The impact of 5G in retail is often discussed in glowing terms, as experts predict the technology to drive a revolution in on-the-go shopping driven by increased speeds and lower latency. However, new research suggests that this may not be the case.
Research by GlobalData into how 5G in retail is set to impact shopping habits has found that consumer shopping preferences are likely to be a barrier to any notable change.
While futurists have predicted that 5G will lead to many more consumers making online purchases when out and about, the research has found that 65% of UK consumers prefer to browse products on their phones but then make the final purchase on a laptop or desktop at home.
“There is limited evidence to suggest that there is an appetite to shop on the go at this time,” said James Yacoub, analyst at GlobalData.
“Evidence from GlobalData’s survey suggests that consumers have reservations about shopping when outside of homes or work, for reasons including security, storage issues and poor imagery.”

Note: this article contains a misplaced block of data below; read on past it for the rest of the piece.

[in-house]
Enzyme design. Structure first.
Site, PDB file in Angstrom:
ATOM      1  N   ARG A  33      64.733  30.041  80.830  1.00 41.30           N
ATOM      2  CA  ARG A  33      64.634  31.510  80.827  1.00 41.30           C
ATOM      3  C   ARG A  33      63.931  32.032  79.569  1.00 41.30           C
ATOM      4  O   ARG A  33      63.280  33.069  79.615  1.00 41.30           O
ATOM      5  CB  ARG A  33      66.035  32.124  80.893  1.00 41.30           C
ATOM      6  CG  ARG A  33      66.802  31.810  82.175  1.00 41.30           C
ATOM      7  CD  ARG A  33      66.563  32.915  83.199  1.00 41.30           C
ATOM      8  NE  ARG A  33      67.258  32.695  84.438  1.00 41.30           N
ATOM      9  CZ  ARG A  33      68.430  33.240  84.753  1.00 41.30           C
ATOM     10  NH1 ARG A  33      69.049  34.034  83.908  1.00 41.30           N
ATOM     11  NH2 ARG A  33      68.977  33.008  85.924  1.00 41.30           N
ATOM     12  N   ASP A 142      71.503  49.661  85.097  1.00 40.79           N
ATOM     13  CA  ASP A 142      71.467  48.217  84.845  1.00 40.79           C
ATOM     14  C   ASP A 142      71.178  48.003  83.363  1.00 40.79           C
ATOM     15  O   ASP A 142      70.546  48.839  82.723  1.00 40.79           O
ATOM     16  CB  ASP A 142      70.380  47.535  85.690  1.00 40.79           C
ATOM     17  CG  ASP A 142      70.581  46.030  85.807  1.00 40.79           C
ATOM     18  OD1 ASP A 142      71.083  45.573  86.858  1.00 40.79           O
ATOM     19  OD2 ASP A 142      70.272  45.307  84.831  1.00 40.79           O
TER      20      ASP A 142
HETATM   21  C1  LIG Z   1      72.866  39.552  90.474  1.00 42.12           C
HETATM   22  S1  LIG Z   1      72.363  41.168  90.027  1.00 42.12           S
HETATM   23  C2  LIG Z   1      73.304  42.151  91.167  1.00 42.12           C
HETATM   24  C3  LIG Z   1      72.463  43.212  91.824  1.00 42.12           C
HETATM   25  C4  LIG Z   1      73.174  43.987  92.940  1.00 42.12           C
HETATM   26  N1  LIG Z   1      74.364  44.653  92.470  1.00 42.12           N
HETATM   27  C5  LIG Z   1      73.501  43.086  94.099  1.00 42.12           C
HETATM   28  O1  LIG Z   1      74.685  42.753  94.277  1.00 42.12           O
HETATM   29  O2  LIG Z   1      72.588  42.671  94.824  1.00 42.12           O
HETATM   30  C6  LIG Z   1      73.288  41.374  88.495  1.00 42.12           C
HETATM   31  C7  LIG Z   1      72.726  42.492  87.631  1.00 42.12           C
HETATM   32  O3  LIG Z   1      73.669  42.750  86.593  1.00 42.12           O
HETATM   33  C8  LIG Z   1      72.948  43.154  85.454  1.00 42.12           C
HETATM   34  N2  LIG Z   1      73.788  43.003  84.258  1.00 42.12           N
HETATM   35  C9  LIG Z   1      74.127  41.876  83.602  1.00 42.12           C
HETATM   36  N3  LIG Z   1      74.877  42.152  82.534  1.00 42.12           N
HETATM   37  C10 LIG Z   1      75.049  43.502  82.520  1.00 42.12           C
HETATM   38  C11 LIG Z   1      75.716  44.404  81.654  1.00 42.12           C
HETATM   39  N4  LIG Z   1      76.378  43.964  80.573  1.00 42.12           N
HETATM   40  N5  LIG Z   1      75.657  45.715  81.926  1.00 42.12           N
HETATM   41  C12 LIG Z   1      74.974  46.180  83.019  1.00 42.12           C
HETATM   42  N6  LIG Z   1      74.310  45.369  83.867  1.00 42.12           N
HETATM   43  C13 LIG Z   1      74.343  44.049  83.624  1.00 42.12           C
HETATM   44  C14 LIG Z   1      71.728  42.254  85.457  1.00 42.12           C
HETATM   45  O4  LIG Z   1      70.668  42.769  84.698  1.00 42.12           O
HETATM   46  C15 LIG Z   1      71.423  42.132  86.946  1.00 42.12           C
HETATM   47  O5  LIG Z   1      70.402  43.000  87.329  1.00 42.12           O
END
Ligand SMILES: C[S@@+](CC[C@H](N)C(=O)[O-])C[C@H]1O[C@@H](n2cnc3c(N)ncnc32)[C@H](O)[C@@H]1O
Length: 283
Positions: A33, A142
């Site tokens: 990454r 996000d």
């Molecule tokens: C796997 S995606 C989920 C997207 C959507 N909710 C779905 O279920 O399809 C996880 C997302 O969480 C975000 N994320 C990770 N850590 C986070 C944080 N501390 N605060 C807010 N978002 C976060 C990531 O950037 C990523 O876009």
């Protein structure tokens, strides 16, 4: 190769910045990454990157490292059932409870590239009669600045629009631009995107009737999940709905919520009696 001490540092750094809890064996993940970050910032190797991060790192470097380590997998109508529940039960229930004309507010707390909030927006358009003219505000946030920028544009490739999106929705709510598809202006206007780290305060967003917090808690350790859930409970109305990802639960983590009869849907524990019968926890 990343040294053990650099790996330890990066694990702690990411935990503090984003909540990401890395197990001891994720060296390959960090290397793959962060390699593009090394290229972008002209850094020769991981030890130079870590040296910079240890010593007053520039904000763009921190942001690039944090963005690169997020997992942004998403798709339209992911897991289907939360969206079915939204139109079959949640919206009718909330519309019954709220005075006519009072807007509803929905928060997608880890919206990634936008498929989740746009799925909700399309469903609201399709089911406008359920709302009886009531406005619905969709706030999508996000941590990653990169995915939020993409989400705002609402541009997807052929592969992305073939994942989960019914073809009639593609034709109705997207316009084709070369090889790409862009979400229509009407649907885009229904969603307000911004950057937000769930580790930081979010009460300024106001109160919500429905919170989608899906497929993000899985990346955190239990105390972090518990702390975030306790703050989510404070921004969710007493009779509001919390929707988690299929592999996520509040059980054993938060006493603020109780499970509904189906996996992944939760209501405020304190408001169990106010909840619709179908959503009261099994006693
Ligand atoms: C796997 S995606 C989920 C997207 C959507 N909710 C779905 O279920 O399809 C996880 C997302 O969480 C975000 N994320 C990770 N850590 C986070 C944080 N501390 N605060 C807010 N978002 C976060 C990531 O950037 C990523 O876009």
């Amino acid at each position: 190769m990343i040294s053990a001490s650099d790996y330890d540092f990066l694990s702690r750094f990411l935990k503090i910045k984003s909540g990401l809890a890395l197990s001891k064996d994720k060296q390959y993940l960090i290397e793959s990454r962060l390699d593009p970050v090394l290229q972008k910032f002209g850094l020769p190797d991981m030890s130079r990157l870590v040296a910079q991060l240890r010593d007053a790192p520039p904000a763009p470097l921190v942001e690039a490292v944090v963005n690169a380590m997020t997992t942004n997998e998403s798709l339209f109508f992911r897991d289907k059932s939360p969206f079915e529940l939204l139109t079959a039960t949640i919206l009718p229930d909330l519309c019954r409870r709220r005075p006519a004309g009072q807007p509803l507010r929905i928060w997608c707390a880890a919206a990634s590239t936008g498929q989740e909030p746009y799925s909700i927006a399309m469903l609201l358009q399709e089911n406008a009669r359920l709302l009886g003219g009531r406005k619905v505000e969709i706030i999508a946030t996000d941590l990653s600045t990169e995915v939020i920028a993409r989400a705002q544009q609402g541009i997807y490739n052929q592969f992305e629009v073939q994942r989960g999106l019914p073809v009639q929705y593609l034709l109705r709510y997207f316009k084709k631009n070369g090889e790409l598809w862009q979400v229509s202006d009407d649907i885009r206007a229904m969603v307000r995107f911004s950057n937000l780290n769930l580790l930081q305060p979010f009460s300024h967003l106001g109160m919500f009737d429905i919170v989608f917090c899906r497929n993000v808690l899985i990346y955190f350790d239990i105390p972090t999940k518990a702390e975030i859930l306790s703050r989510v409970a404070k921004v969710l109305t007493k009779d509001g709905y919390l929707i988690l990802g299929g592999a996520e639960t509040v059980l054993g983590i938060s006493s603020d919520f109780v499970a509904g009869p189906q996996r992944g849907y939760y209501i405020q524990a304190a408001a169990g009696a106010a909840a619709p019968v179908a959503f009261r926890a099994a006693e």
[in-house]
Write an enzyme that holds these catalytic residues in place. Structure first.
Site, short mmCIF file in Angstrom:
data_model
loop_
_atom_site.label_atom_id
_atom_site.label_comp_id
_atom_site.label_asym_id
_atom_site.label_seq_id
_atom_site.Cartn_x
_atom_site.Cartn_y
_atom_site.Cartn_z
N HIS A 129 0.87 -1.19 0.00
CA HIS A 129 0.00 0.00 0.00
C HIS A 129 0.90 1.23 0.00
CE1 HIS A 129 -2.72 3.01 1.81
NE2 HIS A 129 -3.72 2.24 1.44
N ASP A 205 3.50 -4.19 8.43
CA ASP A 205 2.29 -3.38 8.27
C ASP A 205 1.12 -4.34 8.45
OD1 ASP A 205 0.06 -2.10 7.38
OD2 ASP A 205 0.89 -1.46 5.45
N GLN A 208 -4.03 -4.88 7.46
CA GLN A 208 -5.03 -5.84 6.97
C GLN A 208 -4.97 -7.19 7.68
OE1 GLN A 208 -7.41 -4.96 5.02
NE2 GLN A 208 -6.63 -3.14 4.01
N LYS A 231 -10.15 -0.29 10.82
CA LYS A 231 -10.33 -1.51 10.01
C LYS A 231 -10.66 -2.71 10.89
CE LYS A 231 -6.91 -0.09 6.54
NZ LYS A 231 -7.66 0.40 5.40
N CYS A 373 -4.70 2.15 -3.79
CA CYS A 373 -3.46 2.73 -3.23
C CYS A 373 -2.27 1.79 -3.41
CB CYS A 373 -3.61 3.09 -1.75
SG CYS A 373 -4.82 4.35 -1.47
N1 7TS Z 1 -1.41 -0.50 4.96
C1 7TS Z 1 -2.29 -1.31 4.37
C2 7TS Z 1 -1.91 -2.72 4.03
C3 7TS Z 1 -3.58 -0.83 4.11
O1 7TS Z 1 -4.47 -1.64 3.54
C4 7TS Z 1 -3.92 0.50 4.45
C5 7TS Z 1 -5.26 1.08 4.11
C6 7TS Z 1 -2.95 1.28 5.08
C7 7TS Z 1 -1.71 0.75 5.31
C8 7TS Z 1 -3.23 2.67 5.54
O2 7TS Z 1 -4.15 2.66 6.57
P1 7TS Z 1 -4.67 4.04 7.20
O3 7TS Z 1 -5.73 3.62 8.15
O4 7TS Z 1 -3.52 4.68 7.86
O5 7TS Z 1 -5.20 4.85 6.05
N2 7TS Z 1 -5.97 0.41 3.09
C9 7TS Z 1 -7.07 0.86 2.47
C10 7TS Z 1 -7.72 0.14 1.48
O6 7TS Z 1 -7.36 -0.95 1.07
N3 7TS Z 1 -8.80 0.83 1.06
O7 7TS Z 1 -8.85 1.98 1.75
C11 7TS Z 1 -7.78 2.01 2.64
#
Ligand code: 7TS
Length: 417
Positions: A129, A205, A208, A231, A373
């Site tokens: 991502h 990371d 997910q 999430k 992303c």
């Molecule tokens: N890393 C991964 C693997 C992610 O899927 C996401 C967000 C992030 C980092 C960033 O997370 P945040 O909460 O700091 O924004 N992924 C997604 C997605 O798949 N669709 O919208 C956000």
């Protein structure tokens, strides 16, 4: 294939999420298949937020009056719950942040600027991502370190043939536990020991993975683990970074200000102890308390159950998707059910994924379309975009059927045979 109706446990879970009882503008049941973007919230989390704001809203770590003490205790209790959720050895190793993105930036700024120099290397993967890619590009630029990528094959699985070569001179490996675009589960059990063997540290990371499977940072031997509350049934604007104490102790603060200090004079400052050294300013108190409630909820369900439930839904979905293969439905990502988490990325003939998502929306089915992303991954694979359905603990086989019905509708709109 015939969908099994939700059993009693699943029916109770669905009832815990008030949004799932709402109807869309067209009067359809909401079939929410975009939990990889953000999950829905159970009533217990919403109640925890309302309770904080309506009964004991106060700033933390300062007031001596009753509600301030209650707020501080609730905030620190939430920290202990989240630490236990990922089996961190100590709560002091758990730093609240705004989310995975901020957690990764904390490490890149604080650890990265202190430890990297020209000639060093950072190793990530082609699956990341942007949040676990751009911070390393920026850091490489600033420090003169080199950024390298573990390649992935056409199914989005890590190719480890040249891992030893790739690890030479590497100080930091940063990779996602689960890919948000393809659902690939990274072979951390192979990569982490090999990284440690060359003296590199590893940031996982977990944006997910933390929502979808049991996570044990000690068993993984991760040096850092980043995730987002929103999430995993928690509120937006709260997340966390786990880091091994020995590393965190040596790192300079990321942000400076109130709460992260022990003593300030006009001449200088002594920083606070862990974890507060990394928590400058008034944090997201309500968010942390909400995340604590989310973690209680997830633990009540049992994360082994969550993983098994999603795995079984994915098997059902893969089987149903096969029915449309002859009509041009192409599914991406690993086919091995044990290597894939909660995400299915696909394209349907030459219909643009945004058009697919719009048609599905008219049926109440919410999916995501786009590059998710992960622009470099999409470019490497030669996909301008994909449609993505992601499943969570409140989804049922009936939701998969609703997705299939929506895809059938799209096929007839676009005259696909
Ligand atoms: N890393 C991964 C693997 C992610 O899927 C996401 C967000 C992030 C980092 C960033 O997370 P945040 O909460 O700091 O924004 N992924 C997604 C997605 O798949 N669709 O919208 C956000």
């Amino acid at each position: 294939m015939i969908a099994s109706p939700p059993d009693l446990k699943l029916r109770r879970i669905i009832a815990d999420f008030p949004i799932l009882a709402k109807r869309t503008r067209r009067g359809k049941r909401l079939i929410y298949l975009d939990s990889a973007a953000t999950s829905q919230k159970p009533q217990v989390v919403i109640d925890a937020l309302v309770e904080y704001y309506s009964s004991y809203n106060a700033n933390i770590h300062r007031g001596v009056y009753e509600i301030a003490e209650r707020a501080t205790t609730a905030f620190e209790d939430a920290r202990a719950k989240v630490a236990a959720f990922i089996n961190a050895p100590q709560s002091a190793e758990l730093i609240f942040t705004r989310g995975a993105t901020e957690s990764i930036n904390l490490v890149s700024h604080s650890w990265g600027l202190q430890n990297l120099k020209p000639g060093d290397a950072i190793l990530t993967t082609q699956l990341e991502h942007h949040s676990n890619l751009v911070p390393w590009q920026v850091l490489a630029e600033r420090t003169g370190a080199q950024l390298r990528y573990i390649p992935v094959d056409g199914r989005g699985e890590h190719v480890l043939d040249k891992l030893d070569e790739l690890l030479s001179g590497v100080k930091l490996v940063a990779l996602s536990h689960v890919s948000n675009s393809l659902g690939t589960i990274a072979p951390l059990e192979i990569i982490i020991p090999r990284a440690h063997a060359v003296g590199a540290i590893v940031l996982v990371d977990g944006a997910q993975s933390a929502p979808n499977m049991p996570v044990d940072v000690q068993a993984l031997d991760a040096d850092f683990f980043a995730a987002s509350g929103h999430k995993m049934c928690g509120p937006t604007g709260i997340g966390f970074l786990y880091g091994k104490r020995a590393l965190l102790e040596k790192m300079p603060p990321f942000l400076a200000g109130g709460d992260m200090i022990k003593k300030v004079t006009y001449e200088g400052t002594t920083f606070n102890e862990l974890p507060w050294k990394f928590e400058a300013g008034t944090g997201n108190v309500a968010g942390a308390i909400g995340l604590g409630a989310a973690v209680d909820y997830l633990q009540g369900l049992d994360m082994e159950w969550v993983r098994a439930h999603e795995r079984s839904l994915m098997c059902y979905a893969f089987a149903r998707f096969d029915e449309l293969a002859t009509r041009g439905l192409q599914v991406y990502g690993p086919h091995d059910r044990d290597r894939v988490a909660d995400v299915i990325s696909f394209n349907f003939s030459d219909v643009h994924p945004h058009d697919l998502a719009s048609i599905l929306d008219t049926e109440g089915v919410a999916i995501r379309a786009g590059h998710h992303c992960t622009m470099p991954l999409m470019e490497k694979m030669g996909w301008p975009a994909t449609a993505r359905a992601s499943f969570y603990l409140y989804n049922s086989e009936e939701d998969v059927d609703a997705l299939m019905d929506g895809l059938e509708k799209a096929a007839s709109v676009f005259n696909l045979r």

Potential of 5G in retail beyond on-the-go shopping
While 5G may not have as much of an impact on on-the-go shopping as has been suggested, it does have significant potential to impact the retail industry in other ways.
Low latency compared to current networks will, alongside higher bandwidth, enable far greater augmentation of the in-store experience, introducing a host of technologies to enhance customer engagement.
This includes the use of virtual reality and augmented reality, which can be used to enable shoppers to preview experiences or try out products in a set location – such as with Ikea’s augmented reality app that enables customers to visualise furniture in their own home.
The technology also enables wider use of smart shelving technology, which can provide retailers with real-time stock updates and provide rapid updates to pricing linked to enhanced data insights.
“For data collection to be effective, fast and reliable, technology is essential, particularly when the data is being used for time-sensitive offerings such as smart-shelves, proximity marketing or instant personalisation experiences,” said Yacoub.
There is also the potential for 5G to be used to gamify the retail experience, turning shopping into an experience activity with targeted discounts and offers.
“With 5G, retailers will be able to unlock the full potential of these new technologies, transforming them from mere gimmicks to useful tools, enhancing the overall customer journey,” said Yacoub.
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